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Building my static site with Pelican (part two)

thebouv profile image Anthony Bouvier ・4 min read

This article originally was published on the site I'm writing about.


Last I left off in part one I generated the content with invoke build. I want to go over the remaining steps on how to preview the content, how I'm publishing it to GitHub pages with the submodule created previously, and also how I plan to use invoke to automate some of this.

Markdown Tweaks

First before previewing the content, I had to make some adjustments to how the Markdown is processed, especially for code blocks. By default pygments, which pelican uses for code highlighting, didn't mesh well with my theme. I made sure to make my pre/code blocks have a dark background for one. I also wanted it to stop guessing the language (it was giving weird results trying to guess at the command line code blocks since they're not really a 'language' per se), and for it to recognize GitHub style fenced blocks (using backticks to surround code blocks instead of relying on indentation).

I added this to my pelicanconf.py file:

MARKDOWN = {
    'extension_configs': {
        'markdown.extensions.codehilite': {'css_class': 'highlight', 'guess_lang': False},
        'markdown.extensions.fenced_code': {},
    },
    'output_format': 'html5',
}
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Preview

The invoke build command looks at my pelicanconf.py file for settings. Some of these settings are theme specific, but they also cover things like what is the site url, how many pages to show before paginating, and so forth. Below I will also be using publishconf.py for prod settings like my Google Analytics tag and FQDN for the site url.

Now that the output directory has my generated content, I want to preview it.

invoke serve
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This will create a simple local webserver to show you my content on http://localhost:8000 so I open Firefox and make sure everything seems to be working as expected. I click around, look for formatting weirdness, agonize internally over whether I chose the right theme or not, and then ultimately decide all is well.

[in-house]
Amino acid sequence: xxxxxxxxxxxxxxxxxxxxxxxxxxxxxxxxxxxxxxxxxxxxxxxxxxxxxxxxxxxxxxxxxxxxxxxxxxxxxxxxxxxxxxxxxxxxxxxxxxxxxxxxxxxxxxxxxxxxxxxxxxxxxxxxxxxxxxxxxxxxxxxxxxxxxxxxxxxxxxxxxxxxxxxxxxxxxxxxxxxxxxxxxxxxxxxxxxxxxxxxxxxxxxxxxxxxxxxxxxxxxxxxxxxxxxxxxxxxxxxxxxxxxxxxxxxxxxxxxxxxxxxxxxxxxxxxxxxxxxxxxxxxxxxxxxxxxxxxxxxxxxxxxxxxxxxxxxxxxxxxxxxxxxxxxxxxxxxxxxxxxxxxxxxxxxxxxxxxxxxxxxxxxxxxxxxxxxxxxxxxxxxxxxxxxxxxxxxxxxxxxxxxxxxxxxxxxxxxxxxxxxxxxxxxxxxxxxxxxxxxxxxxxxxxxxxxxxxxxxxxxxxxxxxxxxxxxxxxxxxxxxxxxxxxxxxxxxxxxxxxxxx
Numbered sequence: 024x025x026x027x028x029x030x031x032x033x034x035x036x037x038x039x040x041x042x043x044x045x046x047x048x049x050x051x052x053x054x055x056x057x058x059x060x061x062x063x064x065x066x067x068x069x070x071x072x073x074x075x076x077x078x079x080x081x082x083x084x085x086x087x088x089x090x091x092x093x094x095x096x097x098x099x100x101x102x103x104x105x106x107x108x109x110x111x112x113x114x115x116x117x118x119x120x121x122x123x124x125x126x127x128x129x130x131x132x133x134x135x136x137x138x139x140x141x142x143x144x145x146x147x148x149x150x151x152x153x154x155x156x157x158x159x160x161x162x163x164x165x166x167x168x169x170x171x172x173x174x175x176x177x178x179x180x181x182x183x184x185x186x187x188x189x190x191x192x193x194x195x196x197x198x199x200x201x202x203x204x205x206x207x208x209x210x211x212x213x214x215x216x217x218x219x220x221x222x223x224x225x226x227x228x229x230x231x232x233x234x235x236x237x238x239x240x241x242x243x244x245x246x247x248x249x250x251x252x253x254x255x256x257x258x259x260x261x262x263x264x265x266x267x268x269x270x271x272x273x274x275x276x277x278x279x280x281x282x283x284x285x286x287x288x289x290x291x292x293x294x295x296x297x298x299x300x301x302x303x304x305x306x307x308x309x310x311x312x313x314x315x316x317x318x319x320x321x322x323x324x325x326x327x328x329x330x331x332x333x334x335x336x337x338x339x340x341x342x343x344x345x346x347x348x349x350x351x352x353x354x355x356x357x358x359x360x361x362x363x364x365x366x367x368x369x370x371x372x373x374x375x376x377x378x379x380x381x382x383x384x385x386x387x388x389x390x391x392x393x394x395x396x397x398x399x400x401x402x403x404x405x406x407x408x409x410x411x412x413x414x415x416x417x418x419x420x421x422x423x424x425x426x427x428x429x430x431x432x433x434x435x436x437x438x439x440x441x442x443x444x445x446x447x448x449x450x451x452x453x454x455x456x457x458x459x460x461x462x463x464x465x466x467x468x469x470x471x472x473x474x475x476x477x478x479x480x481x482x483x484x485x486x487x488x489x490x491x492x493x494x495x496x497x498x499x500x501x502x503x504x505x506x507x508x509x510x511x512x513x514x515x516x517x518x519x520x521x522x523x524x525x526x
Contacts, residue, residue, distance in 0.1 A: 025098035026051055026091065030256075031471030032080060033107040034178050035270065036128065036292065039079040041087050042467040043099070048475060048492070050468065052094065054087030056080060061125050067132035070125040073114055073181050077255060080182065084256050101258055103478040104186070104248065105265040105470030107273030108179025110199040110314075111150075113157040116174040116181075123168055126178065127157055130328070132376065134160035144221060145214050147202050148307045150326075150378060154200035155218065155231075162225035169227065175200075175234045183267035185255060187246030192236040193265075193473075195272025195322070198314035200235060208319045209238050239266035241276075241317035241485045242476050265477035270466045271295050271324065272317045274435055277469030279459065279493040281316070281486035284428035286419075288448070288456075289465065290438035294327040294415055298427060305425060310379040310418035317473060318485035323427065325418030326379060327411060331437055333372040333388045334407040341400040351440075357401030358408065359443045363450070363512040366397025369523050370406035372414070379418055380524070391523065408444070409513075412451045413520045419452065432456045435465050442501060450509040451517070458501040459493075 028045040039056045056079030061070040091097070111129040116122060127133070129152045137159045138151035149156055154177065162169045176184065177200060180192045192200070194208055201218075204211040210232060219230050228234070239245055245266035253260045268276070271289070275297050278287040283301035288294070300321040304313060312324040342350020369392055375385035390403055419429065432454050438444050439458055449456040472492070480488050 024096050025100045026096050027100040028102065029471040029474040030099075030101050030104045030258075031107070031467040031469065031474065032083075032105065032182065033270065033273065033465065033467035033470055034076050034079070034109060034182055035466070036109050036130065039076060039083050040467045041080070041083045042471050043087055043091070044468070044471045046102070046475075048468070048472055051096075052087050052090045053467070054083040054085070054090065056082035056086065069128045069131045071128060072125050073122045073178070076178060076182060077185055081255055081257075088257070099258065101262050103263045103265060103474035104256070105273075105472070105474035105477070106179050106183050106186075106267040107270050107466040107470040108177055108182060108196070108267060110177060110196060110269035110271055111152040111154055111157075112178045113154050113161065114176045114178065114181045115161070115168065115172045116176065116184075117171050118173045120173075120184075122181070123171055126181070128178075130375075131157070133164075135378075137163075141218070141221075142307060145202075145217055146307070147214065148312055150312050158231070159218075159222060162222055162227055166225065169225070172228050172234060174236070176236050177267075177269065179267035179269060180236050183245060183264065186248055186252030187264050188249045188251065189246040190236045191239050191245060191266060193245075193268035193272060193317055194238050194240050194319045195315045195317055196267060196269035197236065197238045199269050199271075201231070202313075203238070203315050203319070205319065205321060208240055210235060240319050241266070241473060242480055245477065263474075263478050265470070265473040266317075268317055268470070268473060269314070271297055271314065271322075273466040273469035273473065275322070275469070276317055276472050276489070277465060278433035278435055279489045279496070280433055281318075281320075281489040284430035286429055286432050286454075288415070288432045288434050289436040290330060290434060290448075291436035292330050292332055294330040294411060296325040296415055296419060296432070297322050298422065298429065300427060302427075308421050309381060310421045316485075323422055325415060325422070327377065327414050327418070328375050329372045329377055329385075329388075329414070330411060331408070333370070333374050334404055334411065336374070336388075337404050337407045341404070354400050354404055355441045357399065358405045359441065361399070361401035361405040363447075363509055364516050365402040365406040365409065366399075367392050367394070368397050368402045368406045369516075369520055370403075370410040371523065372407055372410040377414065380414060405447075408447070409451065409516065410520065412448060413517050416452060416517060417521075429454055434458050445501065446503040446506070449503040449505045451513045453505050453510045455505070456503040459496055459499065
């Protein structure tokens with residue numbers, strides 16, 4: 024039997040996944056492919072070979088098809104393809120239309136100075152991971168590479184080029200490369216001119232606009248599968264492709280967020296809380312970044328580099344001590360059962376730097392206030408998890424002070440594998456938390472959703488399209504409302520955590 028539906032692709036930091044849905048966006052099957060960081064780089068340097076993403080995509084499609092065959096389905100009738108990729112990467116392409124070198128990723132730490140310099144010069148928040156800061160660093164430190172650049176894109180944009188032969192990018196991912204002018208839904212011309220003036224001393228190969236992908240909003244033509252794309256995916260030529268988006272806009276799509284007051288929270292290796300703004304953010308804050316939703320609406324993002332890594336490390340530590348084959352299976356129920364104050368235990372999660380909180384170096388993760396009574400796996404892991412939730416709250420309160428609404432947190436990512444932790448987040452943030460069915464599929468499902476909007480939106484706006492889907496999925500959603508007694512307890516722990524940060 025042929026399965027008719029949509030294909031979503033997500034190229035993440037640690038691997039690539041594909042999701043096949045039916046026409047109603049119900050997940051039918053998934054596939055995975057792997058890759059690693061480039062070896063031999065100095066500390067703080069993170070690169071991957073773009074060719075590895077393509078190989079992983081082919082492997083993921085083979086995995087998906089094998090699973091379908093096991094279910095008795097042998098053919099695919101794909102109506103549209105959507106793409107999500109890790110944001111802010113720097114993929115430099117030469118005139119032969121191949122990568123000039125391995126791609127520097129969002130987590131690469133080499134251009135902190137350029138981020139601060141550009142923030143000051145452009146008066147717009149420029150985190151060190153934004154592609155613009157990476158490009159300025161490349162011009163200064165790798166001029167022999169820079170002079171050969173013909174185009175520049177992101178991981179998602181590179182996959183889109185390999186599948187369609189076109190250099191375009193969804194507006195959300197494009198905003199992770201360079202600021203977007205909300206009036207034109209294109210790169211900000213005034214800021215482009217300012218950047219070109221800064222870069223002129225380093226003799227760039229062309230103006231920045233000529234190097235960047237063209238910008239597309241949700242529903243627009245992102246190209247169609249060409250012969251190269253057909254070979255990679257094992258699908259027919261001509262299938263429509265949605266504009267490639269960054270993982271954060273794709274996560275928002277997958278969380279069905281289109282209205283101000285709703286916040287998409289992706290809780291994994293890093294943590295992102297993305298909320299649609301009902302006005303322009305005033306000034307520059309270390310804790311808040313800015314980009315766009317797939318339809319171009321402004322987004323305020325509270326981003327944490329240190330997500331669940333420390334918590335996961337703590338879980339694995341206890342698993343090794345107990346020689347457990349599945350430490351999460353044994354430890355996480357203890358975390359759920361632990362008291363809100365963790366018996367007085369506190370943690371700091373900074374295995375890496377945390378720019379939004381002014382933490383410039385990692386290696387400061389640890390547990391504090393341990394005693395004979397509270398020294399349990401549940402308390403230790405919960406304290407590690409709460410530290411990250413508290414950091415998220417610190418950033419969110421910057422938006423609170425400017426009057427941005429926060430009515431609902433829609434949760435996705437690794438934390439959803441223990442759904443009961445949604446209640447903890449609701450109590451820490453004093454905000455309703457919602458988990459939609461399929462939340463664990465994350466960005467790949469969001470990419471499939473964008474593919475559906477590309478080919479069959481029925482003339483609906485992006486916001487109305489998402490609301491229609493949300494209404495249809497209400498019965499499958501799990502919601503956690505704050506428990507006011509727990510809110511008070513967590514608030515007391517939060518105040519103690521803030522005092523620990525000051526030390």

That's pretty cool, buuuuuuttttt:

Invoke

Let's dive a bit more into the invoke command and the default tasks.py file that is created.

There are lot of built in invoke tasks in this file already like build, serve, and publish. Below are my tweaks.

First I remove the clean, and rebuild commands by commenting them out (maybe I'll redo them in the future). This is becaues they're destructive and will remove the output folder entirely, but remember that I'm using it as a submodule so it is its own git repo. Deleting the whole folder would be too destructive. I also comment out the preview task as I only need to do a prod build when I'm publishing.

Next I need to change how the publish task works because I'm not using rsync to publish this, I'm pushing the content of output to my thebouv.github.io repo so that it serves automatically with GitHub Pages.

Because I'm running two back to back commands in order to commit the output and the raw content of the main repo, I had to split it into two tasks and have one run before the other. I tried combining this into a single command but it wasn't working. Only one git command would occur and I think that is because the context is lost after git takes control and starts to spit out messages. I'll have to revisit that some day just for curiosity's sake.

@task
def publish_output(c):
    pelican_run('-s {settings_publish}'.format(**CONFIG))

    # Commit the written content to GitHub from this repo
    os.chdir(CONFIG['deploy_path'])
    print(f'In Directory: {os.getcwd()}')
    c.run('git add .')
    c.run('git commit -m "auto-commit output from Invoke"')
    c.run('git push origin master')

@task(publish_output)
def publish(c):
    # Commit the static html pages to thebouv.github.io repo
    os.chdir('..') # my output folder
    print(f'In Directory: {os.getcwd()}')
    c.run('git add .')
    c.run('git commit -m "auto-commit content from Invoke"')
    c.run('git push origin master')
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I only need to run invoke publish and the output directory is refreshed with my new generated site with prod settings from publishconf.py. Then the thebouv.github.io repo gets an auto-commit and push. Followed by thebouv-pelican receiving an auto-commit as well (since the submodule has updated, this step commits updating the submodule to point to the new commit SHA of thebouv.github.io).

But wait, there's more

I noticed in the default task.py file that there is a livereload option. I had to try it out by installing the livereload module and then invoking the task.

pip install livereload
pip freeze > requirements.txt
invoke livereload
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Now the browser nicely refreshes for me automatically as I edit and save. That's pretty damn handy.

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